By John Richardson
THE blog, a bit like Wile E Coyote who always fails to catch Road Runner, has been amazed in recent weeks at certain people in the chemicals industry who, in public at least, fail to grasp the complexities confronting China’s economy in 2012. We wish that our experience would, at least for some of the time, triumph over hope.
It seems as if the attitude is that “last year was an exception and everything will therefore be back to normal in 2012.”
This is based on the assumption that the government will further relax credit conditions following its 50 basis-point cut in bank-reserve requirements in late 2011. A total of a further 200 basis points are forecast to be cut from reserve requirements by the end of this year, although economists expect interest rates will remain unchanged because of the danger of resurgent inflation.
The worst of possible outcomes also seems to have been been ruled out in the assumption that chemicals demand growth will rebound strongly in 2012 – i.e. a severe, new global recession driven by problems in Europe.
Let’s firstly deal with the argument over the easing of credit.
Further reductions in reserve requirements would certainly be welcome, as would more targeted measures to help China’s struggling small and medium-sized enterprises (SMEs), which make up the bulk of the country’s chemicals and polymer buyers.
But a rebound in inflation to above the government’s target of an annualised increase of a maximum of 5%, remains a significant threat.
Interestingly, the country’s official purchasing manager’s pricing sub-index for December increased to 47.1 from 44.4 in November.
This was ignored by government officials, who preferred to instead focus on the fact that the index also showed that manufacturing activity narrowly avoided a contraction – rising to 50.3 in December from 49 in November (below 50 being a contraction).
The crucial question, though, is “at what cost?” Monetary easing has evidently already fed-through to producer pricing, thereby perhaps adversely influencing consumer pricing.
Controlling inflation remains a crucial task for Beijing in order to maintain social stability, particularly in a year when a leadership transition will take place.
Communist Party leaders, led by President Hu Jintao, are expected to retire by November in a once-in-a-decade leadership change that could, as Jeremy Page writes in the Wall Street Journal, “paralyse decision-making”.
The retiring leaders will be anxious to protect their own legacies – while making life relatively smooth for the new incumbents – by not taking any drastic decisions.
Hence, moderate credit easing could well be the order of the day, in order to avoid re-inflating the real-estate asset bubble that has been a significant source of social disquiet among China’s “sandwich generation”.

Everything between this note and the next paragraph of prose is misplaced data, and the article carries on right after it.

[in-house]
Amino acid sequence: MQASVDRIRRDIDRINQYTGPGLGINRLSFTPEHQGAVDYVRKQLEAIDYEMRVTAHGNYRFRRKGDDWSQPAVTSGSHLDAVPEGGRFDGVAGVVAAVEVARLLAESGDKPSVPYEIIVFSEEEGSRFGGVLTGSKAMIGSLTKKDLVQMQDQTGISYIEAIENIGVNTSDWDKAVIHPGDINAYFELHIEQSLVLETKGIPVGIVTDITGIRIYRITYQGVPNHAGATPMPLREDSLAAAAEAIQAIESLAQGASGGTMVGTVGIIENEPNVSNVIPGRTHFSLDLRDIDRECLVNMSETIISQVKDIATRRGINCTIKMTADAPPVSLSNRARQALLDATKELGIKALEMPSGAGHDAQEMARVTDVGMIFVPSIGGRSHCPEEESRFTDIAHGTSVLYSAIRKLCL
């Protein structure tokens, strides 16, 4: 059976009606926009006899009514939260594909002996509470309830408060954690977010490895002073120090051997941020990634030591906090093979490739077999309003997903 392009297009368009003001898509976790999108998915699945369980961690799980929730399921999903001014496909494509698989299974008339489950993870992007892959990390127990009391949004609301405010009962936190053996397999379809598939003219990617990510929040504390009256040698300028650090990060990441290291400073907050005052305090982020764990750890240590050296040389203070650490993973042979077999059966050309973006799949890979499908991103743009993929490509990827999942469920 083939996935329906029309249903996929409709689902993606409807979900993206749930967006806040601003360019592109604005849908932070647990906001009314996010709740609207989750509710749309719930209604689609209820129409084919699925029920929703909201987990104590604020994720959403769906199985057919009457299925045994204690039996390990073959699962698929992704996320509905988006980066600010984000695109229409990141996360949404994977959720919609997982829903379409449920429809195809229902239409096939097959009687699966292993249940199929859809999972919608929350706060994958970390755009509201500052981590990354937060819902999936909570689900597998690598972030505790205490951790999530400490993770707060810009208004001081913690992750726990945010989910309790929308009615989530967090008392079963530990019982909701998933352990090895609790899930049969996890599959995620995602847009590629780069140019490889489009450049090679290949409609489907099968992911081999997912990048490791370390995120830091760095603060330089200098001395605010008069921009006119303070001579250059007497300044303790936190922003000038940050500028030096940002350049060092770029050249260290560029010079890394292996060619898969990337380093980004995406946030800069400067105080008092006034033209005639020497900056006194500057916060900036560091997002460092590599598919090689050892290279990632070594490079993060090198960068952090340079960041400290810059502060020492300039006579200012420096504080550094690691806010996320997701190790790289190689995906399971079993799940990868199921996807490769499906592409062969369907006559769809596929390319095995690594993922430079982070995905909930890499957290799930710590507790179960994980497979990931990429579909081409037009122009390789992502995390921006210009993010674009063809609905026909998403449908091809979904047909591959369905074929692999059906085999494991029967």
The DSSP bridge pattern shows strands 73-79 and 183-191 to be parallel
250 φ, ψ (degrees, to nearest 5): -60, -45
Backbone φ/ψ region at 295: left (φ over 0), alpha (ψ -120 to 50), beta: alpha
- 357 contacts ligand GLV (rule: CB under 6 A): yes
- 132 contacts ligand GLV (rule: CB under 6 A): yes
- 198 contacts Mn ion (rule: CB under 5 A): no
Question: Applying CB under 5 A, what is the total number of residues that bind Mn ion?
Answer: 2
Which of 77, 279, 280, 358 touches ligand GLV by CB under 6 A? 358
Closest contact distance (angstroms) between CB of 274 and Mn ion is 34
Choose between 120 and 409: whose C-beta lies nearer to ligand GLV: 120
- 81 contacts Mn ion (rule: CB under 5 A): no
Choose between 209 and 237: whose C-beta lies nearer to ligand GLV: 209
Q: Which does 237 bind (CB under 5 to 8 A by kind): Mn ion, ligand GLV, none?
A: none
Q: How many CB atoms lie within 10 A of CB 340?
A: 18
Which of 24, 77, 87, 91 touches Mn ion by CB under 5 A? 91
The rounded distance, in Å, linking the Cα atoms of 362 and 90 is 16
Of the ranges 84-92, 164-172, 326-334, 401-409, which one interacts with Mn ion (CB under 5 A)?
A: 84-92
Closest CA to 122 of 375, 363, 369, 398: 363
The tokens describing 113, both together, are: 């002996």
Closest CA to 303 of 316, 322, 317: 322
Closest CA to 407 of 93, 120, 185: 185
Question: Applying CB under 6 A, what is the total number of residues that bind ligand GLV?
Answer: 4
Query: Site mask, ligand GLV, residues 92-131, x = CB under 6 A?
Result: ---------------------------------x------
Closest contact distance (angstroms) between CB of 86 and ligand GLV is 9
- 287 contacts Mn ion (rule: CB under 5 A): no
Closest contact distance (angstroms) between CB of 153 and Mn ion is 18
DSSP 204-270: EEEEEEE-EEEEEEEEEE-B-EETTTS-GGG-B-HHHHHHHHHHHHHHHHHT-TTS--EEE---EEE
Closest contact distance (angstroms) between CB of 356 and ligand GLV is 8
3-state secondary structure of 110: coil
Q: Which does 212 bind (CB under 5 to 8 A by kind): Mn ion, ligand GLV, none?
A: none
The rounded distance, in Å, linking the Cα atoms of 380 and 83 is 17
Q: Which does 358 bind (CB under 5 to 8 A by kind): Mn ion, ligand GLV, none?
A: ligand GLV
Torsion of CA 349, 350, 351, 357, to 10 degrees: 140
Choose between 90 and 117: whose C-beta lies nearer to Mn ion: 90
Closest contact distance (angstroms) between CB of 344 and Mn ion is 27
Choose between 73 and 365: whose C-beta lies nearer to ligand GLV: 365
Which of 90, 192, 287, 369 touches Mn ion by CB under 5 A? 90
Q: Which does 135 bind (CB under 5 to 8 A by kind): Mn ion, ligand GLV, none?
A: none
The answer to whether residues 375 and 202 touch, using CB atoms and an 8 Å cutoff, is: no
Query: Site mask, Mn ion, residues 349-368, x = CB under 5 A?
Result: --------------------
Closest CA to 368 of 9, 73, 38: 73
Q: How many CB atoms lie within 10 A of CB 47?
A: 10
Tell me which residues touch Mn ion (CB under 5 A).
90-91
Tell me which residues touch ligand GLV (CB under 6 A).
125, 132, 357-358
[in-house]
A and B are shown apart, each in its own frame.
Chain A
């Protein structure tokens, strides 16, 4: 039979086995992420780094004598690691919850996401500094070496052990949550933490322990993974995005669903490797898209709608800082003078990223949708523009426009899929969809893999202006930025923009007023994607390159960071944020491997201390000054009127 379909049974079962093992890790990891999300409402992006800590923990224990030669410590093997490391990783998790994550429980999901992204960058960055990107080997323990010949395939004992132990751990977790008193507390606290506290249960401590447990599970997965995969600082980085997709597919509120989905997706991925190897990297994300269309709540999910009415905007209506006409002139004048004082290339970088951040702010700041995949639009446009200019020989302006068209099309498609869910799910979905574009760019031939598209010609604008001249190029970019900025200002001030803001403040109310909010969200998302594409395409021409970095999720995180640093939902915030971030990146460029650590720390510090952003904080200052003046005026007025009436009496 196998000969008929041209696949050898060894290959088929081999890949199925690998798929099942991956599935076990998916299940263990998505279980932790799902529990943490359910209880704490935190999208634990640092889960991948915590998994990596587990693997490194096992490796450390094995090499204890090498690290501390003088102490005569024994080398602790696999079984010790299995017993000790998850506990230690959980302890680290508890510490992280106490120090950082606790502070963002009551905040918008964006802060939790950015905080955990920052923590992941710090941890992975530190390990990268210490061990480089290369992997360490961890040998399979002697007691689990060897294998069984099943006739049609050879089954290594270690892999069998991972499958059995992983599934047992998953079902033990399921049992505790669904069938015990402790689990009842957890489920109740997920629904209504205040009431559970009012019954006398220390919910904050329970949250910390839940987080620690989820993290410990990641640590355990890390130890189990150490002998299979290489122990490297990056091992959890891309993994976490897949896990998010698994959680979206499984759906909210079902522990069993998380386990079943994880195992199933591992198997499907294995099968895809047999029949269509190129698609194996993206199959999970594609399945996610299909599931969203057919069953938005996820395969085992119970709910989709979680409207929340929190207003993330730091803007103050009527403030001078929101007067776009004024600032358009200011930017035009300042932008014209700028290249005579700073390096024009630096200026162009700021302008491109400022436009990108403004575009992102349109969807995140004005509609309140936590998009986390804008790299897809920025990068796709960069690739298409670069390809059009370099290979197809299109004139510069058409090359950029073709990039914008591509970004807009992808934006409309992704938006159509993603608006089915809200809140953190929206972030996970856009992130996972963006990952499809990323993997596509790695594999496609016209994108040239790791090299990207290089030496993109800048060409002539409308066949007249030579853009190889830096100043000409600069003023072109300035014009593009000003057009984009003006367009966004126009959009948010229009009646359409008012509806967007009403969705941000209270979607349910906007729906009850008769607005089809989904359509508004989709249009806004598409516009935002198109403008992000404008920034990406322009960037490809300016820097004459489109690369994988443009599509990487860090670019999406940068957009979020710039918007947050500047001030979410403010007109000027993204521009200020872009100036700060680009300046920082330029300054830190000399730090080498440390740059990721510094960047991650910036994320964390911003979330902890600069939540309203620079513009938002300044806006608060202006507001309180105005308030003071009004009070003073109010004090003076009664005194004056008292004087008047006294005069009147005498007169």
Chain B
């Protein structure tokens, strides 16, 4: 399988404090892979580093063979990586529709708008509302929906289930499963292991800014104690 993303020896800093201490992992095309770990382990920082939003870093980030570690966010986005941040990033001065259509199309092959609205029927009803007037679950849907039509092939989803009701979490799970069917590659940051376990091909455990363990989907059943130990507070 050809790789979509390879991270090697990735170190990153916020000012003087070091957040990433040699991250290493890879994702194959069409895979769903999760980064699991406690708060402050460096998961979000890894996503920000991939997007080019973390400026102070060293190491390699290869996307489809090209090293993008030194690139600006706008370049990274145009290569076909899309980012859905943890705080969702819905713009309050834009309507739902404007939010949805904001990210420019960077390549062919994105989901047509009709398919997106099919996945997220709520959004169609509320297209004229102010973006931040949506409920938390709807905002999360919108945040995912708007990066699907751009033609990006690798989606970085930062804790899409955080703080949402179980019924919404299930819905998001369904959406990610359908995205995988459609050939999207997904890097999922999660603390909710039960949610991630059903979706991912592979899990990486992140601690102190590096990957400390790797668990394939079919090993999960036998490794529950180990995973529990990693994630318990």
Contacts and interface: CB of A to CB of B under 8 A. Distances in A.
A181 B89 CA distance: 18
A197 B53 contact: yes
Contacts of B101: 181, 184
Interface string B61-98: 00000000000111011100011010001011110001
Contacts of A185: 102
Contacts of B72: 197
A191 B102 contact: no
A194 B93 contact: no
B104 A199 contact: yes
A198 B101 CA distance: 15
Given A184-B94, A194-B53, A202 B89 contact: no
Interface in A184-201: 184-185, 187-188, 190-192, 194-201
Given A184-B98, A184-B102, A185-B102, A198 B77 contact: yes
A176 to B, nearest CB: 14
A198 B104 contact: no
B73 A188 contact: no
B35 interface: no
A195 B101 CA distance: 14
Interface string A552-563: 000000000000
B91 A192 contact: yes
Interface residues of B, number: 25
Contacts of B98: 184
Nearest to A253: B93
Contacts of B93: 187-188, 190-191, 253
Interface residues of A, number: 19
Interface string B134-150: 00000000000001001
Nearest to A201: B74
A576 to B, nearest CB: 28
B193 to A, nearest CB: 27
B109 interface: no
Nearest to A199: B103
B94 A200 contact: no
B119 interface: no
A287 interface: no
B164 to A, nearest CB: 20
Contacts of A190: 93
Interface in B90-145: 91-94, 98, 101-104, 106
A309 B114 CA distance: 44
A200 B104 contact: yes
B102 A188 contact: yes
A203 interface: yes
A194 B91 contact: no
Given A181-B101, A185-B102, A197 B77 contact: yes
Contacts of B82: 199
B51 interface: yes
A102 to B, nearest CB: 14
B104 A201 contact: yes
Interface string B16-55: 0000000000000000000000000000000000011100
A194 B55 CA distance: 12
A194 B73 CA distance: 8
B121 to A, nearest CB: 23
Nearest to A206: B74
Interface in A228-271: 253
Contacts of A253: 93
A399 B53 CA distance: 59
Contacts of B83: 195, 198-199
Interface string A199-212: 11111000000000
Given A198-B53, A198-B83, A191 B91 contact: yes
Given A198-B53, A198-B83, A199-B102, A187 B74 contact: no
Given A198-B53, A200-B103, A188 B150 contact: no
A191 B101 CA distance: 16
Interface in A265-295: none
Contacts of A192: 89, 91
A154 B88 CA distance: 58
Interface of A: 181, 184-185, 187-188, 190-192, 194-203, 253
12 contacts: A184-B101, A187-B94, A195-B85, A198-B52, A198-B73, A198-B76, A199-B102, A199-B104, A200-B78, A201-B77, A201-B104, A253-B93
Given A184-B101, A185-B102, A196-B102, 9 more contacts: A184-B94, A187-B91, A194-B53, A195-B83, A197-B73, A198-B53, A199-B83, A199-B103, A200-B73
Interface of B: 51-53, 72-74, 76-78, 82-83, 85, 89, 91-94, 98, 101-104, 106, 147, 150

A “steady as she goes approach” might, as a result, be the approach for 2012. This would leave the task of tackling systemic longer-term challenges confronting China to the next generation of leaders.
These problems include huge local government debt, rising labour costs, and reducing the economy’s dependence on exports, which we will examine in a blog post tomorrow.
The worst of possible outcomes
The steady as she goes approach assumes that either a collapse in the Eurozone can be avoided or short of a collapse, Europe’s own version of political paralysis is enough to drag the world into a severe recession.
Europe’s crisis is already having a severe effect on China.
Gordon Chang, the famous China sceptic, claims that China’s exports and imports were flat in November, when government stockpiling of cheaper commodities was discounted.
Electricity output growth, a key measure of overall economic activity, was at a ten-month low in November.
Only 34% of China’s economy was driven by internal consumption in 2010, which suggests that in the short term there is little that Beijing can do in the event of external trading conditions getting worse – other than blind panic.
This is where we should be really worried.
If the world enters a severe recession, China’s leaders might be forced to engage in an all-out trade war in order to protect manufacturing job, thus, hopefully, keeping a lid on social unrest.
Chang argues that the number of public demonstrations rose from 70,000 in 2005 to approximately 280,000 in 2010 – way above the official figures of 80,000-100,000.
The last thing the government needs is tens of millions of angry factory workers taking to the streets, in a year when it is trying to sell to the public the concept of a smooth transition of political leadership.
But, of course, as the Great Depression proved, protectionism doesn’t work.
If China were to, for example, competitively devalue the Yuan, increase export tax rebates for exporters, or go soft on new environmental regulations that have undermined the competitiveness of low-end manufacturers, the West would respond with trade barriers. This would make the macro-economic climate for China, and everyone else, even worse.
And so to assume that China will inevitably return to strong chemicals demand growth in 2012 is one heck of a big and harmful assumption.